Subject: Re: question about bsd-style license requirements - accidental recipr ocity?
From: John Cowan <jcowan@reutershealth.com>
Date: Tue, 19 Oct 2004 15:59:40 -0400

Lawrence Rosen scripsit:

> Please let me clarify. Sublicensing doesn't necessarily mean you can change
> all the terms of your license or choose any license you want. It doesn't
> allow you to distribute someone else's "sublicenseable" original software
> under new licenses that *contradict* the terms of the original license. 

Sorry, Larry.  I knew that, but forgot to actually say it.

> The main value of sublicensing is that the sublicensee (an end user,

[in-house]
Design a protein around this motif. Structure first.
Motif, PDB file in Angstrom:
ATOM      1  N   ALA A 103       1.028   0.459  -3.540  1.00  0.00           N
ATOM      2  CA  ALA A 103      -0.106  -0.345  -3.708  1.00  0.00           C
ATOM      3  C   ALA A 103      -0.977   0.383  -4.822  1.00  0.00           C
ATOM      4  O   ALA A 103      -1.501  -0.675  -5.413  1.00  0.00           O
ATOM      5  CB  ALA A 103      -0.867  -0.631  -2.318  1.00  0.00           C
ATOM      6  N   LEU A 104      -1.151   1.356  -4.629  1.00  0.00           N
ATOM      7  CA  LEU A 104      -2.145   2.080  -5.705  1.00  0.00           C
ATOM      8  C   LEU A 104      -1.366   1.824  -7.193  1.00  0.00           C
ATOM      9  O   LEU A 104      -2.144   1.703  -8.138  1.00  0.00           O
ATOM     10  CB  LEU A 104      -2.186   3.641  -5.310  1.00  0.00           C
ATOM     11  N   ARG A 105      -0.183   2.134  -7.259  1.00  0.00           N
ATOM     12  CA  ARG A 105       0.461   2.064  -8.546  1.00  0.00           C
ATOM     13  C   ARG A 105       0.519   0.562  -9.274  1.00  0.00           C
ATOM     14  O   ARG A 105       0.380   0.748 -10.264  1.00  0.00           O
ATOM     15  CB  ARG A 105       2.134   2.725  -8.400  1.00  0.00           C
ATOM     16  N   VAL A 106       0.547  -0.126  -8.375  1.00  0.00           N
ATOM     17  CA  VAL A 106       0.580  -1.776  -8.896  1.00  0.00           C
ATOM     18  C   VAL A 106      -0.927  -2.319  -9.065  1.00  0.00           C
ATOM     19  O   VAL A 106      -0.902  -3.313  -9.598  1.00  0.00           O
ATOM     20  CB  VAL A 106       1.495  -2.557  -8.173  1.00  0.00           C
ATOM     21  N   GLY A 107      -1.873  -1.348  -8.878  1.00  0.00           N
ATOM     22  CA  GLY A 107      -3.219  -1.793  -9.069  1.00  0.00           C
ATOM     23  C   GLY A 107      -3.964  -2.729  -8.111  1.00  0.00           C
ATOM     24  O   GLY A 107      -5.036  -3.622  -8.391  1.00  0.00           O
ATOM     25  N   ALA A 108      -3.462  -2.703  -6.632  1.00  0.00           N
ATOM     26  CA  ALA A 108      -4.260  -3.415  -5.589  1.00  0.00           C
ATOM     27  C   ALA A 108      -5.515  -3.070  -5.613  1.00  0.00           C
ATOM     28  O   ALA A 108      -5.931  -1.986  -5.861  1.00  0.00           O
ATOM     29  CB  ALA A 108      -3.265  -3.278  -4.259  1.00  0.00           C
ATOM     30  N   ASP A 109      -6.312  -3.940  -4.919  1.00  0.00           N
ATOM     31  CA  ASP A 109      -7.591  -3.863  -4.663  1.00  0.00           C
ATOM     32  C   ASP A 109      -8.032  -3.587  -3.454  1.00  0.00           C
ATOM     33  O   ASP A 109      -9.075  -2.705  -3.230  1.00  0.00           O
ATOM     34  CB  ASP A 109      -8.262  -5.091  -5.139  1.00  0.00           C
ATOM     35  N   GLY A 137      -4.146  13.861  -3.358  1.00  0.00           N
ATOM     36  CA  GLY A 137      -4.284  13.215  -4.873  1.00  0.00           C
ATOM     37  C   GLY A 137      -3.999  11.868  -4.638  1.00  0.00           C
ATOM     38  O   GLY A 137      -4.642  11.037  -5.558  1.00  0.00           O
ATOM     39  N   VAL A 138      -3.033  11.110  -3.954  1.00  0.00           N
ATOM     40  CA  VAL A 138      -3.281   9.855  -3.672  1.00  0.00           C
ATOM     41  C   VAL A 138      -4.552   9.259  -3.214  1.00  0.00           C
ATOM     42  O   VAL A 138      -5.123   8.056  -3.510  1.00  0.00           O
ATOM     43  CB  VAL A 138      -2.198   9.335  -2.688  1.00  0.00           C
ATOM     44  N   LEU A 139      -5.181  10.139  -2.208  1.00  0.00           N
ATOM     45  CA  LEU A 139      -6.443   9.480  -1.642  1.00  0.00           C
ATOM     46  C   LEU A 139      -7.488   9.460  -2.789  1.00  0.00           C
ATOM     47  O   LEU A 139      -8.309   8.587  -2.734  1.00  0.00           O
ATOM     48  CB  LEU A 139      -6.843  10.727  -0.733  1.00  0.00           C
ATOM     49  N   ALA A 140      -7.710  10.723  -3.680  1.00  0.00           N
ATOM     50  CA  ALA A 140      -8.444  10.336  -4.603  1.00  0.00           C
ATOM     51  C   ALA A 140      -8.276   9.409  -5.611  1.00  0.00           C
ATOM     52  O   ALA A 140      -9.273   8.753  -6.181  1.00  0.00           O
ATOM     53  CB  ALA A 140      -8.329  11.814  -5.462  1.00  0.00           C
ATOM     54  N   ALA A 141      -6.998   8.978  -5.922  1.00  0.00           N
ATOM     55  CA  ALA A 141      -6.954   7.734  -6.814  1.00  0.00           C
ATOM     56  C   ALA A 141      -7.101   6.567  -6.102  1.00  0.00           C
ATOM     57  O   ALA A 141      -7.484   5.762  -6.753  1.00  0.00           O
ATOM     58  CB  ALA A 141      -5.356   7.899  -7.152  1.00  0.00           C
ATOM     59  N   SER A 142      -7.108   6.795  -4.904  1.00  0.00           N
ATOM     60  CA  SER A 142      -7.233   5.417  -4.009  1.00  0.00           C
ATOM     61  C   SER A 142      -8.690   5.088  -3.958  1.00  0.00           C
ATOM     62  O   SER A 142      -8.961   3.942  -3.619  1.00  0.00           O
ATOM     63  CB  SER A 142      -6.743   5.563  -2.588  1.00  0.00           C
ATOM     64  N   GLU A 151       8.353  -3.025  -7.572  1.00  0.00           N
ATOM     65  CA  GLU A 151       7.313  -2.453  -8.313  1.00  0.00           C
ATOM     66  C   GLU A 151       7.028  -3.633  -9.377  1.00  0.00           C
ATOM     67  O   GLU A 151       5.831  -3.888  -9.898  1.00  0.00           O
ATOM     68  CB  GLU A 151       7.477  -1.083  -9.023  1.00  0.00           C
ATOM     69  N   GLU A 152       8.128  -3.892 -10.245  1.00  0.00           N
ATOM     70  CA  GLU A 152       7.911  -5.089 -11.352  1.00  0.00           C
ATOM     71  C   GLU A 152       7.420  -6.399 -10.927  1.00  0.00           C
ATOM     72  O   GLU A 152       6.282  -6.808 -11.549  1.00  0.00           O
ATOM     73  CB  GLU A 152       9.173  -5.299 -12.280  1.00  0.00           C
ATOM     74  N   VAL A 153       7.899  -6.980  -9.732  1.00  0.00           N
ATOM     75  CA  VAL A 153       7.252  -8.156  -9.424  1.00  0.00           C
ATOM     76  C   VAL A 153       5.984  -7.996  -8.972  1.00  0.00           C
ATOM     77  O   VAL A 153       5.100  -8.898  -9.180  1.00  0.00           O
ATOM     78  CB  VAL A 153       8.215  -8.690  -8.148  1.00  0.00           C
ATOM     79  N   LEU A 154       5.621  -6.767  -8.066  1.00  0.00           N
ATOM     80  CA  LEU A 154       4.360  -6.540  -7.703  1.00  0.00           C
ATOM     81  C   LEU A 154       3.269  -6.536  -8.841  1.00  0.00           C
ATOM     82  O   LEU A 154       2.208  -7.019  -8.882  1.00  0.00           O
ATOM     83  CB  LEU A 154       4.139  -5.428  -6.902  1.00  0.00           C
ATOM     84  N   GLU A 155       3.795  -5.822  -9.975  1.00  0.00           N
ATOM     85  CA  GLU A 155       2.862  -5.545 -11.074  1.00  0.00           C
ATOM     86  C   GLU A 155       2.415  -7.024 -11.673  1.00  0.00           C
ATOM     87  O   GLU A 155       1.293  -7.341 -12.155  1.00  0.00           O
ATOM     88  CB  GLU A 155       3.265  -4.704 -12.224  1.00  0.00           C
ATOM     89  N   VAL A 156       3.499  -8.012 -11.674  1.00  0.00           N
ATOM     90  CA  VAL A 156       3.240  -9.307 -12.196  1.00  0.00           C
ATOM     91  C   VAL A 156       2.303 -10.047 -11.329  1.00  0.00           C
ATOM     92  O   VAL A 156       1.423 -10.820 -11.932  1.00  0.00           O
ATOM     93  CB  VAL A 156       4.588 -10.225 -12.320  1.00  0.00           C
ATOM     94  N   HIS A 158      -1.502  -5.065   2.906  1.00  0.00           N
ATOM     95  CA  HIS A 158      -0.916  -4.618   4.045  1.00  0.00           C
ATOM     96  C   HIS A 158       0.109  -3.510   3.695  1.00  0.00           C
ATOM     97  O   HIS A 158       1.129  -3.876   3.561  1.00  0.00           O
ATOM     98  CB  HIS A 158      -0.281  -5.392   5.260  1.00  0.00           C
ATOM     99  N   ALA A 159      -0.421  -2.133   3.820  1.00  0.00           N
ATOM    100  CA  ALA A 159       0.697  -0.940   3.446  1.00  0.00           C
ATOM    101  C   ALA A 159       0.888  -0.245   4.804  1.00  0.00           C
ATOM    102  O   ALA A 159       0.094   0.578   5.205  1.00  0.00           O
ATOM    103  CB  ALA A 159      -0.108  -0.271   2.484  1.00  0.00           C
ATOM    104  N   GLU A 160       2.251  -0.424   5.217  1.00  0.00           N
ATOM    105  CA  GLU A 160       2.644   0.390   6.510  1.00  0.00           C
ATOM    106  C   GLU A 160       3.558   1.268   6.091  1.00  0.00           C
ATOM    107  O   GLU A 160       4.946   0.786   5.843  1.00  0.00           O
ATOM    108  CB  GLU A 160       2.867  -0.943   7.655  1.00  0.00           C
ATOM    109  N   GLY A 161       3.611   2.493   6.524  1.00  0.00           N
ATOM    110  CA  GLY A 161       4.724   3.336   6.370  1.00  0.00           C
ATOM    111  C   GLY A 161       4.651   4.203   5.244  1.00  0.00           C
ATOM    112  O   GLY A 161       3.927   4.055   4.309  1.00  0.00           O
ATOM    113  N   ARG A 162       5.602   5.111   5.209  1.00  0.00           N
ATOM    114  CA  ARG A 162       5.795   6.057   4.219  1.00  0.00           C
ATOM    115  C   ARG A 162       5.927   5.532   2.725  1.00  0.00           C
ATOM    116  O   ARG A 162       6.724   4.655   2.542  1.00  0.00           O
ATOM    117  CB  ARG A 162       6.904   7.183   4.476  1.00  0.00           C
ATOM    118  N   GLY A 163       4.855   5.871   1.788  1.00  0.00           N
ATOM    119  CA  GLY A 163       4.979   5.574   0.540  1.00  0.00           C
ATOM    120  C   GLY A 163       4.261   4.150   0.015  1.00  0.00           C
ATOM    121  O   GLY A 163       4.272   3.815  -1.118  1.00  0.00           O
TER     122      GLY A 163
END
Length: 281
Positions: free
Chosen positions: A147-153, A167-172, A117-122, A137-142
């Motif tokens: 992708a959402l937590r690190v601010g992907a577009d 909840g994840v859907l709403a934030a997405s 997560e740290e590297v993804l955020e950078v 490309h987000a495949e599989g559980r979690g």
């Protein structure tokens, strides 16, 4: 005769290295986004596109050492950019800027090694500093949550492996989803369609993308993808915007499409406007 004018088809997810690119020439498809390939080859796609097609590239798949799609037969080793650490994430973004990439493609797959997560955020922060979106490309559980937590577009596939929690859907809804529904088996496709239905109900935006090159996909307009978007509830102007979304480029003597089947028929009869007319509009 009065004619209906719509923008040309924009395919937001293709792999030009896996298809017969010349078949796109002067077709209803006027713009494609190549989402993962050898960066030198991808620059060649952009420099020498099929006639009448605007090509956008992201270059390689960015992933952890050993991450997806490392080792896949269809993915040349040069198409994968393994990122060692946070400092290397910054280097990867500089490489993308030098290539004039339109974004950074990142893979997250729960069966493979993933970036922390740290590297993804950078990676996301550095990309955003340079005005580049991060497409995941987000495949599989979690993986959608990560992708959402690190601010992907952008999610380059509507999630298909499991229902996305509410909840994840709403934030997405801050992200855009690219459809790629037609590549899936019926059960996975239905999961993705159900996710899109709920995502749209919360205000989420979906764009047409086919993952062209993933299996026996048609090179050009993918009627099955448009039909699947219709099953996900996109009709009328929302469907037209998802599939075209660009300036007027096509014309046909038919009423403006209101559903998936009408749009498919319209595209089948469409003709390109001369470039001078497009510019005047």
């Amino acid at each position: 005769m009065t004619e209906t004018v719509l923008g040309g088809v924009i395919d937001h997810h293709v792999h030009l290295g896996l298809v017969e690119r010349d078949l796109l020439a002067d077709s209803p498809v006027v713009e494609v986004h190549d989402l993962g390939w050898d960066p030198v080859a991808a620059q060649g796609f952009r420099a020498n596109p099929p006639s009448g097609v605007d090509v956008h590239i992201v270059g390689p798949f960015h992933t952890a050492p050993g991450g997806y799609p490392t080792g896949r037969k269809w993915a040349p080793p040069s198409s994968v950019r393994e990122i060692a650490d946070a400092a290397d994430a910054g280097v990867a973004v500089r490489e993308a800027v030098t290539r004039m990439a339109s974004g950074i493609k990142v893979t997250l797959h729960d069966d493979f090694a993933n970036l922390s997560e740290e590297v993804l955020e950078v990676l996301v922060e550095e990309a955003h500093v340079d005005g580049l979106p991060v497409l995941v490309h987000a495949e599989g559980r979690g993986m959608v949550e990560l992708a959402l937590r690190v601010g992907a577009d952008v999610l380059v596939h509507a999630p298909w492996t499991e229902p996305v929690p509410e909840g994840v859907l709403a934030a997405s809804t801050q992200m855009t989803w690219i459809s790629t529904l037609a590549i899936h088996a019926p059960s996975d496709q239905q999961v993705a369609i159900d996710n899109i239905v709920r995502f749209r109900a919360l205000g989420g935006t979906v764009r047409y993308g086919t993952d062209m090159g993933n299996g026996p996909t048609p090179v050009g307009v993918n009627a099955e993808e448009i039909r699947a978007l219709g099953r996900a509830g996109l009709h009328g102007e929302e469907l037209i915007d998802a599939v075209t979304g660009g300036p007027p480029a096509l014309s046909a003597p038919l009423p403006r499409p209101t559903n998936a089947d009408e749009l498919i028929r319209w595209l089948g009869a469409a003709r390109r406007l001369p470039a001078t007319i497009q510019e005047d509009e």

> typically) can rely on the license under which he receives his software and
> doesn't need to look for or investigate the original licenses for each
> component. 

Well, that's one value.  Another is the one I mentioned, that a more
restrictive license can be placed on a component by a sublicensor.

-- 
John Cowan  jcowan@reutershealth.com  www.reutershealth.com  www.ccil.org/~cowan
"The exception proves the rule."  Dimbulbs think: "Your counterexample proves
my theory."  Latin students think "'Probat' means 'tests': the exception puts
the rule to the proof."  But legal historians know it means "Evidence for an
exception is evidence of the existence of a rule in cases not excepted from."